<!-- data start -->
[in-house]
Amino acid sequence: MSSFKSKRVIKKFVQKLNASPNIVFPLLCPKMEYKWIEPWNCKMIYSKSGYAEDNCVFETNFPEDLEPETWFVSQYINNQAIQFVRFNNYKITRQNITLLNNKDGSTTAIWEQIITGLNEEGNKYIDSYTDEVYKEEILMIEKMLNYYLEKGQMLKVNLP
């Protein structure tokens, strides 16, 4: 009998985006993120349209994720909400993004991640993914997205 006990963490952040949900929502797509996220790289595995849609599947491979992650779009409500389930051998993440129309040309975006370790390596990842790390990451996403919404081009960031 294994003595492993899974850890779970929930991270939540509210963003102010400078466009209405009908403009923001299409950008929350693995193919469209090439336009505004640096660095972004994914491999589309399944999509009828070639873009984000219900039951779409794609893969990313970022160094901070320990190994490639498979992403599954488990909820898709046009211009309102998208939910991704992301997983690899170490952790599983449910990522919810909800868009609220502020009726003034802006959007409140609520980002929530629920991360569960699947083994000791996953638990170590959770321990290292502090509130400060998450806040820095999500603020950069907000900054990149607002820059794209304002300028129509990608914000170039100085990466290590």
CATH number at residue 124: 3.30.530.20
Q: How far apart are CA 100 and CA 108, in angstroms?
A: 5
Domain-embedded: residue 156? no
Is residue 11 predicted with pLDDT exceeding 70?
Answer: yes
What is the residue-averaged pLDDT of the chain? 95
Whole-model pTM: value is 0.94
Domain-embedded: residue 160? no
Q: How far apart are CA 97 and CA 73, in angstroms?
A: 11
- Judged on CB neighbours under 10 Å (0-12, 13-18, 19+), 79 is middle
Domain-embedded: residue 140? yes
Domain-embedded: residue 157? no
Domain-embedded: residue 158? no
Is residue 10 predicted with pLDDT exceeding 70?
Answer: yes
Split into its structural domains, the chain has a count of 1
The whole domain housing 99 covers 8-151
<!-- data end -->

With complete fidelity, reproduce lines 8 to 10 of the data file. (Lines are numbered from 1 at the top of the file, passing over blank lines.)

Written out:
Is residue 11 predicted with pLDDT exceeding 70?
Answer: yes
What is the residue-averaged pLDDT of the chain? 95